Wagner’s universal work of art inhabits another realm. Starting with the disintegration of the ancient form of tragedy, he sought to realign the individual components of the arts as theater and opera. The artworks of the future should “encompass all genres of art, in order to utilize each of these individual genres, to a certain extent, as an instrument” (Wagner). What he achieved was an almost seamless unity of text and music. Just as the language and scenery are designed to match the composition and vice versa, the music is placed entirely in the service of dramatic expression. The prose-like melodies are supple and conform flawlessly to the internal state of each character. Thus the music does not function as an illustration of the scene or is merely atmospheric.
Wagner’s vision should not be confused with contemporary light-and-sound installations. This is not just because his concept of the Gesamtkunstwerk was inseparably linked to his hope for a “new condition of society,” – after all, we now have democracy – but also because it demands a critical aesthetic consciousness and not just a creative one. We run the risk of merely piling on new media. However, if acoustic and visual elements can be made to substantially interpenetrate one another, if one form of art can be portrayed through the medium of another or “imitated, reflected, transformed, or commented upon” in another medium (in the words of the theater scholar Doris Kolesch), then we may hope for new universal works of art that live up to Wagner’s vision.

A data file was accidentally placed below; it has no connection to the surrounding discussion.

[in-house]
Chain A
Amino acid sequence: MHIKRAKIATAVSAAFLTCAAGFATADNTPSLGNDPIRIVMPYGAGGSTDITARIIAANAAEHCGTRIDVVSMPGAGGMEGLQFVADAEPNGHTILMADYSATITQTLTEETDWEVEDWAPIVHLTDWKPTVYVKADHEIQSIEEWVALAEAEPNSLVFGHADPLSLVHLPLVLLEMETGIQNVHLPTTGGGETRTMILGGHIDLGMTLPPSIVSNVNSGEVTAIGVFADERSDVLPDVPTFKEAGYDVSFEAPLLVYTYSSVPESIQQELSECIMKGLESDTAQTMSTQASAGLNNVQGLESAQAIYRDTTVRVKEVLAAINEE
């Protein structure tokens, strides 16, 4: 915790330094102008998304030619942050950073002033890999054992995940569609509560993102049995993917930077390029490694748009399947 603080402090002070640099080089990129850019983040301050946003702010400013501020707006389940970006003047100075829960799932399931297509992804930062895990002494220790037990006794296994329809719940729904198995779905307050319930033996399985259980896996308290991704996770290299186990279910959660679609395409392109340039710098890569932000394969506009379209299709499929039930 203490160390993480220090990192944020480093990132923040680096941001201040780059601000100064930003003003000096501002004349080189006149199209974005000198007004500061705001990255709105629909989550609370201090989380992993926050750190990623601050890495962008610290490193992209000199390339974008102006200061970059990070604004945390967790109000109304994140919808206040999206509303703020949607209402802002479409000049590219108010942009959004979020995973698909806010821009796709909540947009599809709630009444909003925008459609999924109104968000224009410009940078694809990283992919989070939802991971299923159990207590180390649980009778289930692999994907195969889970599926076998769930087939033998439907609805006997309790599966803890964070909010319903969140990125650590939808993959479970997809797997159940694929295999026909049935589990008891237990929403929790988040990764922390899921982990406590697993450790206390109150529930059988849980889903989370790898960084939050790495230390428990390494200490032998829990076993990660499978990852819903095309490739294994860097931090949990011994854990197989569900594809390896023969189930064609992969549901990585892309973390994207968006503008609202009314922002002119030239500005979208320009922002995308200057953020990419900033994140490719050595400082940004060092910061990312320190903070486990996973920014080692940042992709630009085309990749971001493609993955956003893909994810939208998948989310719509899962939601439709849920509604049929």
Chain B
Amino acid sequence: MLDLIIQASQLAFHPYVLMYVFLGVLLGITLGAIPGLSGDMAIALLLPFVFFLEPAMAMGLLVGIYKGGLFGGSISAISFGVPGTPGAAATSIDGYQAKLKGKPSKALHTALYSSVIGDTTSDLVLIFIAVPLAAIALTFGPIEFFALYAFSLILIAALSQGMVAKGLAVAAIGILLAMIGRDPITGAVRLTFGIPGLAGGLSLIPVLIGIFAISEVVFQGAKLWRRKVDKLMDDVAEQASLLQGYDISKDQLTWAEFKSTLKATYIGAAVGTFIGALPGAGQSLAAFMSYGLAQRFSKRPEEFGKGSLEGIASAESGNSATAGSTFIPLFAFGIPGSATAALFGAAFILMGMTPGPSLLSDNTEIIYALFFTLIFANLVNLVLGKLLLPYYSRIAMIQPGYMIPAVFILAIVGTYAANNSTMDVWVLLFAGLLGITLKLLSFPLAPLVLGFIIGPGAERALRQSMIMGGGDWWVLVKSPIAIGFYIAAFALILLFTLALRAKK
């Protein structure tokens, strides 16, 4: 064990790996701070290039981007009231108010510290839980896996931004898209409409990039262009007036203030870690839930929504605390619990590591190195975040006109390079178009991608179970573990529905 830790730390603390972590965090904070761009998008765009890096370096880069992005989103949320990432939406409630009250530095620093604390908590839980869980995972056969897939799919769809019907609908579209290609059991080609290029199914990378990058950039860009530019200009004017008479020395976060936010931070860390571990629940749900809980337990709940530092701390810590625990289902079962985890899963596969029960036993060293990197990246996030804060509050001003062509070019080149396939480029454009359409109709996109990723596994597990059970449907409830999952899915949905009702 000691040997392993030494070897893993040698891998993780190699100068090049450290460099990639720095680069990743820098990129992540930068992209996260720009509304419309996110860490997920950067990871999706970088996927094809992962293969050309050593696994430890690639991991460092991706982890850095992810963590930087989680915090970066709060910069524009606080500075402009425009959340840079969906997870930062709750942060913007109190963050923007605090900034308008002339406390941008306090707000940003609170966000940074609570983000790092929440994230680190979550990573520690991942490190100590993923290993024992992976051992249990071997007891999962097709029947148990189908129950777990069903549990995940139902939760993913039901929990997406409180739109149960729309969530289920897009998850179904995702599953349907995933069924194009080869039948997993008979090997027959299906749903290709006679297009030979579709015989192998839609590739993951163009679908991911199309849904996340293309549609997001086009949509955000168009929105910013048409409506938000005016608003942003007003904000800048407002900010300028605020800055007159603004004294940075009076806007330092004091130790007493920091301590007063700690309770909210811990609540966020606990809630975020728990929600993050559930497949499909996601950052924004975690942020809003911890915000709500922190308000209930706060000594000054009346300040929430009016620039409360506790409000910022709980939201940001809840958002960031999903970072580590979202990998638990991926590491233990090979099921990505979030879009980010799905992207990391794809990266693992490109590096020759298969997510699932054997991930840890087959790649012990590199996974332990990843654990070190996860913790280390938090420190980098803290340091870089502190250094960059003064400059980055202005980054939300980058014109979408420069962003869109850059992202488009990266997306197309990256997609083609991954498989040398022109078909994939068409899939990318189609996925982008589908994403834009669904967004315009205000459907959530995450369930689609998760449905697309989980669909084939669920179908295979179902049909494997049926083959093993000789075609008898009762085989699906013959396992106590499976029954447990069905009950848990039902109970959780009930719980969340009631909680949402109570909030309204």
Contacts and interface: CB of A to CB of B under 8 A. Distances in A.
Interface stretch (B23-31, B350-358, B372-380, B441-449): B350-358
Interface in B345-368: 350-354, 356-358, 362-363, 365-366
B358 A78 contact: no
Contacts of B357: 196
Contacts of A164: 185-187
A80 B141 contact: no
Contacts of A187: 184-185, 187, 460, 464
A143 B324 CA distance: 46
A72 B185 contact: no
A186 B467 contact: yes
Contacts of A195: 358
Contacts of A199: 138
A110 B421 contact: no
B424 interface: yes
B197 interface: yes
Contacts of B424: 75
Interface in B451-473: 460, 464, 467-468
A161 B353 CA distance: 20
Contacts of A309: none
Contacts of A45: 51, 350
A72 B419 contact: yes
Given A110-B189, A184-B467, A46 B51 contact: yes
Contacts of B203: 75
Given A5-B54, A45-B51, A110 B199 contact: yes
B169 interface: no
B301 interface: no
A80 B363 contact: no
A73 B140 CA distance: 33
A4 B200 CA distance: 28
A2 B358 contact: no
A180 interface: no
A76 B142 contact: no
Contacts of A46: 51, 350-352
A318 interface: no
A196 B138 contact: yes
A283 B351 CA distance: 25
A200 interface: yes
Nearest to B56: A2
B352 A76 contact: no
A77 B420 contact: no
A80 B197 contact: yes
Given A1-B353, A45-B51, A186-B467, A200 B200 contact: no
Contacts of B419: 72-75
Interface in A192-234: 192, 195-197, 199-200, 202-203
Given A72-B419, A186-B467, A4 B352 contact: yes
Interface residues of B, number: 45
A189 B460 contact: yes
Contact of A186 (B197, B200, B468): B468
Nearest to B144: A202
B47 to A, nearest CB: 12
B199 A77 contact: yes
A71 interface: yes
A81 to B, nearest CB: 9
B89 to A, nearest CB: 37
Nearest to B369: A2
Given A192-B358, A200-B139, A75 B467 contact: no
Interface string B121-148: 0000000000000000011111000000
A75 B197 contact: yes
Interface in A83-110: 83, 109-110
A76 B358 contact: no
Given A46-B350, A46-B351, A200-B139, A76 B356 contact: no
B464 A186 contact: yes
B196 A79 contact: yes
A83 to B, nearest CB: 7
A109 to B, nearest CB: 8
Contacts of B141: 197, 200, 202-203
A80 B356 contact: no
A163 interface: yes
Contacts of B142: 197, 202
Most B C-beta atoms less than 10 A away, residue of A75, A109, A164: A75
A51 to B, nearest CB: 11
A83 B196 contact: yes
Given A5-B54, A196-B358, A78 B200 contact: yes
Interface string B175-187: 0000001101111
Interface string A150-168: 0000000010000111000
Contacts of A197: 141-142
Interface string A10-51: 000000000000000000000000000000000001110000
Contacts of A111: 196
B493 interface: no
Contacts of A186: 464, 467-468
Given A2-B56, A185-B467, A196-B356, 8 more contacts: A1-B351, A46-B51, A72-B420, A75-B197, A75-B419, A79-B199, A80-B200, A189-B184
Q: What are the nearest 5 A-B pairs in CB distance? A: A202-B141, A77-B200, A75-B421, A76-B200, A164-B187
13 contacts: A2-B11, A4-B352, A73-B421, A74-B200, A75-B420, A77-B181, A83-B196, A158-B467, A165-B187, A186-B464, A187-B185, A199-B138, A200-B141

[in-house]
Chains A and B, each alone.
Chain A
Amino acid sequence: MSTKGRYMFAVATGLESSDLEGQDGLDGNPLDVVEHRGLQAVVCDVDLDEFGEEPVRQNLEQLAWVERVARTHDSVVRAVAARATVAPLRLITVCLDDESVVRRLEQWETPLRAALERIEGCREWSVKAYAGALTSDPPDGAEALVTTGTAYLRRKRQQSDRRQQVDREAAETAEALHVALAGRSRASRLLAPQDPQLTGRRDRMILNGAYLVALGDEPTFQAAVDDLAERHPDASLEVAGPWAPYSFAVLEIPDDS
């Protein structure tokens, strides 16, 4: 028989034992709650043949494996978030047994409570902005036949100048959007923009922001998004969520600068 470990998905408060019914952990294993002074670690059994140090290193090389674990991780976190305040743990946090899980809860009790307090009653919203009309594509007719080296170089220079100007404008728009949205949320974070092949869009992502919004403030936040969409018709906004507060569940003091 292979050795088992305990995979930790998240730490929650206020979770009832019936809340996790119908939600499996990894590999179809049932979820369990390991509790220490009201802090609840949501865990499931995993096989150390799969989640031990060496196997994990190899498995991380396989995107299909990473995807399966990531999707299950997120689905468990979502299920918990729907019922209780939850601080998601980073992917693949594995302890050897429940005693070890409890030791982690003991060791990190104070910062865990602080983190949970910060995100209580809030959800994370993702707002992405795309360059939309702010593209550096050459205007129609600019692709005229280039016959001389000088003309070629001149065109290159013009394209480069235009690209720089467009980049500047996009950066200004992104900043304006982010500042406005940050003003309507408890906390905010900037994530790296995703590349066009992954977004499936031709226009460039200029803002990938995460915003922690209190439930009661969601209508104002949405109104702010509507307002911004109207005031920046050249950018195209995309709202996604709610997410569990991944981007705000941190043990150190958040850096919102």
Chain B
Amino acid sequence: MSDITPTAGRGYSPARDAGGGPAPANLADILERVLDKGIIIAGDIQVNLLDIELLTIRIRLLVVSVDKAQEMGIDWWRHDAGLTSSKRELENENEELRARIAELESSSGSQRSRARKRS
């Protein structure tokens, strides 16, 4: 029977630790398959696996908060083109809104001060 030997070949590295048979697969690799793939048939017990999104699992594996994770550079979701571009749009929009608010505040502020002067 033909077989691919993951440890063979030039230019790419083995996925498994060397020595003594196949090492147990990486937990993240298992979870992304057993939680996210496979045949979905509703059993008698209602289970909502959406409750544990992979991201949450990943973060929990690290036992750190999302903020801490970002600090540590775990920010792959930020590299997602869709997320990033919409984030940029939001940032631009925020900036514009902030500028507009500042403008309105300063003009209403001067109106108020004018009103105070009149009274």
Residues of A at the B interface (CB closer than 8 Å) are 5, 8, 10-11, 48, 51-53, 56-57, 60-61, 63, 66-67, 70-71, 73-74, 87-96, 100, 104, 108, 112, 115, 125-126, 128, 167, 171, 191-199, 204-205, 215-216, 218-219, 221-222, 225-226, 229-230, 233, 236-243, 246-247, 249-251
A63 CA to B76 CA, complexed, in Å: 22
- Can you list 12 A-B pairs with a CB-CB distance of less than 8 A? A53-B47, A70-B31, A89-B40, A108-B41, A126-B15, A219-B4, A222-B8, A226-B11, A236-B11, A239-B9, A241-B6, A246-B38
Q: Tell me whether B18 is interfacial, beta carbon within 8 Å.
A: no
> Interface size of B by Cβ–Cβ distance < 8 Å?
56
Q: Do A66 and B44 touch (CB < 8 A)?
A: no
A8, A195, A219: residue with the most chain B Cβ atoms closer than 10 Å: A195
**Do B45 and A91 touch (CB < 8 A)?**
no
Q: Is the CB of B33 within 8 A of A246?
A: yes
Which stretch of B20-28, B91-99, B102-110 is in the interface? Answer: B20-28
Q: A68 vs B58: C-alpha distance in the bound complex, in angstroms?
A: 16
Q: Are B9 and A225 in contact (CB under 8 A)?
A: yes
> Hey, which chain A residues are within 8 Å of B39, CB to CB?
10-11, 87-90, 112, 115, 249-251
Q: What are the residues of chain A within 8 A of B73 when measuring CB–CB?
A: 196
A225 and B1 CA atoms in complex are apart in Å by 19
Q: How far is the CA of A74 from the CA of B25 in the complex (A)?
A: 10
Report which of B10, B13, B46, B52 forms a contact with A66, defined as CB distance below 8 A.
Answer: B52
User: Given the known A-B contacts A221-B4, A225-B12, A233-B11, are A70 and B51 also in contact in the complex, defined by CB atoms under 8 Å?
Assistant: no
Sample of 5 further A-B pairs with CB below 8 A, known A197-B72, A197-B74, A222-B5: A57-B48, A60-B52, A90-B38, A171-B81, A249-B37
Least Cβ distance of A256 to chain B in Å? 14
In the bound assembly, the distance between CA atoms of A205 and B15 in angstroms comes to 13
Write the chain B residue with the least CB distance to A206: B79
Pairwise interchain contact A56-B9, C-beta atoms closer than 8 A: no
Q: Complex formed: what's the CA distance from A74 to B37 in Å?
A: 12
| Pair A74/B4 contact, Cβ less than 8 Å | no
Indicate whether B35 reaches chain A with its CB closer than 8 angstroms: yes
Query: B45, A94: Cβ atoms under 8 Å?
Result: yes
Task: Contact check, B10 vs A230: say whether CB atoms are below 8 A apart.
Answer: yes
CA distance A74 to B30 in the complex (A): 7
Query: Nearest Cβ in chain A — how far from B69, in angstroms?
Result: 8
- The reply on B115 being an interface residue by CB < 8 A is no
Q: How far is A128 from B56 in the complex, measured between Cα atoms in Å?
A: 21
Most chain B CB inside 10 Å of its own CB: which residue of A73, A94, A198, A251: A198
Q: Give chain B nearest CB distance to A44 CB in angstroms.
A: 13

Richard Wagner first published his pamphlet Judenthum in der Musik (Judaism in Music) under the pseudonym Karl Freigedank in 1850. Twenty years later, he penned a second, enlarged version, publishing it under his real name. Wagner’s essay is regarded as a landmark in the history of German anti-Semitism.
“Who has not had occasion to convince himself of the travesty of a divine service of song, presented in a real Folk-synagogue? Who has not been seized with the feeling of the greatest revulsion, of horror mingled with the absurd, at hearing that sense-and-sound-confounding gurgle, jodel and crackle, which no international caricature can make more repugnant than as offered here …”
Richard Wagner – Judaism in Music
Dr. Nike Wagner is the founder and director of the Weimar Pèlerinages Arts Festival, one of Germany’s most important annual cultural events. The composer’s great-granddaughter has always been outspoken on the historical ties between the Wagner clan and Nazism.